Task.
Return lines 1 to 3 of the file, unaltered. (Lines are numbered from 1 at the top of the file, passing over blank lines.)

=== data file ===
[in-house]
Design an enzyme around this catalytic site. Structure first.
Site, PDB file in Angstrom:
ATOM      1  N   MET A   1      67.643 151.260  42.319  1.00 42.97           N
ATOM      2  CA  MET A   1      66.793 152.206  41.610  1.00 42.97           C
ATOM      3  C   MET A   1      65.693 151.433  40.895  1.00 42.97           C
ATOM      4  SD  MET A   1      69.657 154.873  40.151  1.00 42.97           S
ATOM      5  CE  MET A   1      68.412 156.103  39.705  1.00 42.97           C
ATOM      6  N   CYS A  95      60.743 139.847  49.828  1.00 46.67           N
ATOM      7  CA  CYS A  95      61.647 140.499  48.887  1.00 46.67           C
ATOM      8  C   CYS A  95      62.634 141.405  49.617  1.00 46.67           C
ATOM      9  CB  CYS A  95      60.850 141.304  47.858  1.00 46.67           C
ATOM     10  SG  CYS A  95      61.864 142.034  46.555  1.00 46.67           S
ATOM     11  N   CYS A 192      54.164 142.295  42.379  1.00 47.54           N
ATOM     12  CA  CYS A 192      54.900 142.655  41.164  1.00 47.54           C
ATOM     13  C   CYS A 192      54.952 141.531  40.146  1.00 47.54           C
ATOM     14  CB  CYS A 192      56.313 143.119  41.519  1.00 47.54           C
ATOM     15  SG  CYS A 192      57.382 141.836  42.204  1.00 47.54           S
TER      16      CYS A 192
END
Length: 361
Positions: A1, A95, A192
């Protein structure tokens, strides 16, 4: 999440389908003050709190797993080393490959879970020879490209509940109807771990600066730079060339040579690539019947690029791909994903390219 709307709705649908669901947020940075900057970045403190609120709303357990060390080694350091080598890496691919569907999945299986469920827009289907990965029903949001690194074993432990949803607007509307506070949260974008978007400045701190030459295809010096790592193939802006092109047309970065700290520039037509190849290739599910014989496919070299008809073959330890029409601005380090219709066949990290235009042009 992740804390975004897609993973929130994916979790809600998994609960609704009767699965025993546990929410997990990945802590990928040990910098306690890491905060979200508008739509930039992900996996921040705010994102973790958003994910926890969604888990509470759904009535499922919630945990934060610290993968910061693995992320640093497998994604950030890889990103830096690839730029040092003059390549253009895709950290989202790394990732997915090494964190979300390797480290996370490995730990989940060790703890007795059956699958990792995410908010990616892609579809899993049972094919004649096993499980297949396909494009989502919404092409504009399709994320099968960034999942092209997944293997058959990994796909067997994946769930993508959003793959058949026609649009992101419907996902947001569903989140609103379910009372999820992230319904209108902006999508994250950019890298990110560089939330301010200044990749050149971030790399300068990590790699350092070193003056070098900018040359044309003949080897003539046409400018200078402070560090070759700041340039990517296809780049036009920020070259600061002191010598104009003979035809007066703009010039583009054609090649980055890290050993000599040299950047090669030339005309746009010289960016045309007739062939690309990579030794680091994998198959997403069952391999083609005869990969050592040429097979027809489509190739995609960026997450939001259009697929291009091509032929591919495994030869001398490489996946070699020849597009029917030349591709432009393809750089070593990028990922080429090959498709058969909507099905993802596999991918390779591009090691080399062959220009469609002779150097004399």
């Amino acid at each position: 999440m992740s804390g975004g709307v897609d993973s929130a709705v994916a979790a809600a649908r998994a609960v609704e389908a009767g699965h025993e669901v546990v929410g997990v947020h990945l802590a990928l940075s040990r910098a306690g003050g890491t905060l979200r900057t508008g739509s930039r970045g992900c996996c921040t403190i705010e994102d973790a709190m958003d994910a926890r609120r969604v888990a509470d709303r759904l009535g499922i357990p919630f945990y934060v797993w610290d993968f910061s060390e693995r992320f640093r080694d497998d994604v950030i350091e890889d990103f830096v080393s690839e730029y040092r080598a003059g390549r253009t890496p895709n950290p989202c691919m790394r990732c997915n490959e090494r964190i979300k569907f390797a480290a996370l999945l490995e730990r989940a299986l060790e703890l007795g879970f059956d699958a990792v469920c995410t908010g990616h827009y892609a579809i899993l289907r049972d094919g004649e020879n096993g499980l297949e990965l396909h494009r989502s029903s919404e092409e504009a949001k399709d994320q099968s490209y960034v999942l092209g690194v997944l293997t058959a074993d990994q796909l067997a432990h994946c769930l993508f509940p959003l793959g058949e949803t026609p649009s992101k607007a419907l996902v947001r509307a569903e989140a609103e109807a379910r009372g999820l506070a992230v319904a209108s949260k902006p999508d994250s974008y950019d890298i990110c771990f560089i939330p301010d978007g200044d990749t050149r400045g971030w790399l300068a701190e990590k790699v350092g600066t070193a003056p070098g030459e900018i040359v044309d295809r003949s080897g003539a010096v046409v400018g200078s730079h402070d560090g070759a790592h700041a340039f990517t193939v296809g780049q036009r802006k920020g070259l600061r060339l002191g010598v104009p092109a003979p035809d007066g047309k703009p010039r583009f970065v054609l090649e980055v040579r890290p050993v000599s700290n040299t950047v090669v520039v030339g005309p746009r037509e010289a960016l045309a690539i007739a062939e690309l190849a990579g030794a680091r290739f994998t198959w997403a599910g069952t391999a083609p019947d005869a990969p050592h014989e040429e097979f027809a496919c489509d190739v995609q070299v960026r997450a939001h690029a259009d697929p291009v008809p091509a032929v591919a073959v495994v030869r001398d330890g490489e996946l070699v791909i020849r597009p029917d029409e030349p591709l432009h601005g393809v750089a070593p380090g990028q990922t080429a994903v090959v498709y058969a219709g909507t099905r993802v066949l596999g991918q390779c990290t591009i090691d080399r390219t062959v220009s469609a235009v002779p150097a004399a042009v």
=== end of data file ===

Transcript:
[in-house]
Design an enzyme around this catalytic site. Structure first.
Site, PDB file in Angstrom: